What really sets a good magician doing the trick apart from a bad one is how exactly they present that trick as they do it. Do they make you believe it? If they don’t, are they at least making you enjoy it? In the end, that’s really all that matters. We all know how that trick is done, but someone can still make it stand out for us if they can make it count.
But, obviously, you can’t use the same showmanship in the act of putting the fantastic to the page. You can’t distract them with a lovely assistant or flashing lights. There isn’t a trick to misdirect them and, even if there were, you wouldn’t want them to look away from the page. No, in the process of trying to present a fantastic world in text, the trick is to actually be more subtle about it. You want them to be jarred less often, to not really be left focusing on your swerves from the normal. You want them to feel like your swerves are the normal. These things will still be every bit as fantastic as they were before, but the audience will feel like it’s natural, and that’s what you want most.
And that starts with…
One of the biggest issues with world building and presenting it is making sure that you’re getting it across with the right balance of clarity and discovery. You don’t want to show too much of your hand too early, releasing your biggest tricks early on in the show, but you also don’t want to shroud it all in mystery. You need to make sure that when you do reveal something, it is revealed in the clearest fashion possible and that you choose the right moments to do it.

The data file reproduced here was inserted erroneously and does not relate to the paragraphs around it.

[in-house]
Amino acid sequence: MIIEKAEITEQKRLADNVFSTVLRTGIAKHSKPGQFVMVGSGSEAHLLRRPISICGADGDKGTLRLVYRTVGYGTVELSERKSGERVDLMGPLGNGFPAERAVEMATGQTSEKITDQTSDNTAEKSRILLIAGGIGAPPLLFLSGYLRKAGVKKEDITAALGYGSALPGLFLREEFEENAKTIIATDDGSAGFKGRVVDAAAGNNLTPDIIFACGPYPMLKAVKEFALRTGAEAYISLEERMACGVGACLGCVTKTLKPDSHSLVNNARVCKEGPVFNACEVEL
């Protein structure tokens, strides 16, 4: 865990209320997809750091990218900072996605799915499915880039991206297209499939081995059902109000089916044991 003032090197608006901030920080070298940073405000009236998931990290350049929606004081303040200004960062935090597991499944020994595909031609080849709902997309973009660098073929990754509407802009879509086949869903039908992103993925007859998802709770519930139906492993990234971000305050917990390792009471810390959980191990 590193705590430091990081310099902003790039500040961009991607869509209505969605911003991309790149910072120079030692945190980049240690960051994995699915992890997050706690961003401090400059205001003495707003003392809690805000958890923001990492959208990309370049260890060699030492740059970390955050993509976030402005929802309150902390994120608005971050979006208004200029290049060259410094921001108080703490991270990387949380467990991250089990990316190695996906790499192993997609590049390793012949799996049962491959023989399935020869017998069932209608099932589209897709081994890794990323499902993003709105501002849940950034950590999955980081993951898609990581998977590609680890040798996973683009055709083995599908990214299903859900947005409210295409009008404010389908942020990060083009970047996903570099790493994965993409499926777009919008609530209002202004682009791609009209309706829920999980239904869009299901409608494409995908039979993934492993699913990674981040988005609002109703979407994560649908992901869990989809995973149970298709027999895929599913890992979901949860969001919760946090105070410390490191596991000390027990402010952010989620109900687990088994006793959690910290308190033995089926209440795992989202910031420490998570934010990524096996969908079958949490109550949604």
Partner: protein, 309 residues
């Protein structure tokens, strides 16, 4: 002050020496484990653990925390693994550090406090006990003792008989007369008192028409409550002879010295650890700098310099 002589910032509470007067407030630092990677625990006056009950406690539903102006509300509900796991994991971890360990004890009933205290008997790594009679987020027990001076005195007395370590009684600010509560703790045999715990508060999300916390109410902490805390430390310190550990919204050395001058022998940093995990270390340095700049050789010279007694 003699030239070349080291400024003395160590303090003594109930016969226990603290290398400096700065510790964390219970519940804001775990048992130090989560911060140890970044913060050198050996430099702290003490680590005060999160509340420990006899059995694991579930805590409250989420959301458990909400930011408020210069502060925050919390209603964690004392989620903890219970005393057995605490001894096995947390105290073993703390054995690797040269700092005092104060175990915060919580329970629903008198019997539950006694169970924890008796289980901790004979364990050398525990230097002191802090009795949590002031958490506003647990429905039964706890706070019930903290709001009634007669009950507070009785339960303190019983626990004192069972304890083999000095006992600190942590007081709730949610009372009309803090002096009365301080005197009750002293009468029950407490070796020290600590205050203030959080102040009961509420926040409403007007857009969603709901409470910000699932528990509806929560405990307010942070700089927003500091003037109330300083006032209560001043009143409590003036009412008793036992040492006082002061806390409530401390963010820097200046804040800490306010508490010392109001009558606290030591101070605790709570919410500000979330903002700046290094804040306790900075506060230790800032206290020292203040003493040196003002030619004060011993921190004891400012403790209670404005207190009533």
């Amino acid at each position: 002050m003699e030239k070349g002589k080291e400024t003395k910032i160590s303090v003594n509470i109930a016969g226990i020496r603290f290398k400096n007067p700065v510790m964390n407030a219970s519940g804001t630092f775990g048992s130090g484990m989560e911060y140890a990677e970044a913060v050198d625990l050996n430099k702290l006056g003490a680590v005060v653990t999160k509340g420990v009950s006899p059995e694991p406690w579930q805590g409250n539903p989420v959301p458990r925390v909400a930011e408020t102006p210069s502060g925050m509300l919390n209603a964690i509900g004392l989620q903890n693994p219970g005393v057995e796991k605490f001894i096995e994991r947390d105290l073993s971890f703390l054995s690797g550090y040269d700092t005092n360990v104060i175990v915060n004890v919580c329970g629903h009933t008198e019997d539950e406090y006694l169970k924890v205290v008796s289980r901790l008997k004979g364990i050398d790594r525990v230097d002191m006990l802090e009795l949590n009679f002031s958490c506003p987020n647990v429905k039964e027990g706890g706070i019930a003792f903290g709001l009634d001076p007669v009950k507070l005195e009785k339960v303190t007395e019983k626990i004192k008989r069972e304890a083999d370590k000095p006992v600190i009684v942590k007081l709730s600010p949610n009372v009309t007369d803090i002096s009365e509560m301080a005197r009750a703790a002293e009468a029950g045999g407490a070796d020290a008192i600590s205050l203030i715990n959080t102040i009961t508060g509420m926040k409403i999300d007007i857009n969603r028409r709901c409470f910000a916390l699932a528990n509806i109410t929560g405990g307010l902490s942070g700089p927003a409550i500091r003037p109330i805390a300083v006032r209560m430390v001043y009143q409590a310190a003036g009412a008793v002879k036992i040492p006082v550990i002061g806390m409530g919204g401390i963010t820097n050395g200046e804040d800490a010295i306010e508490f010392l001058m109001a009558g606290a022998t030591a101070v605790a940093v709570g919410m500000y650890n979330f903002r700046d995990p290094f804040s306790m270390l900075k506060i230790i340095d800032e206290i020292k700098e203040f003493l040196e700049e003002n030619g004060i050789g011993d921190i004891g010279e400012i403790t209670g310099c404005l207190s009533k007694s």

There’s a natural inclination for most new writers to move in one of two directions from the start. Some writers, worried the story isn’t interesting without some of the gimmick and novelty of the world they’ve built, will keep the fantastic elements close to the chest. They’ll hold onto these wonders as tightly as possible, keeping them like secrets and not giving any room for the reader to actually get pulled into the world they’ve made. It seems counter-intuitive to put so much effort into building a fictional world only to try to hold it back as much as possible, but nerves are a hell of a thing. All too often, people who are doing this are holding onto what are simply fascinating details as if they were dramatic plot twists. You find in this sort of presentation that the audience will become impatient with it, expecting more to come but then not getting it soon enough to make it worth their while.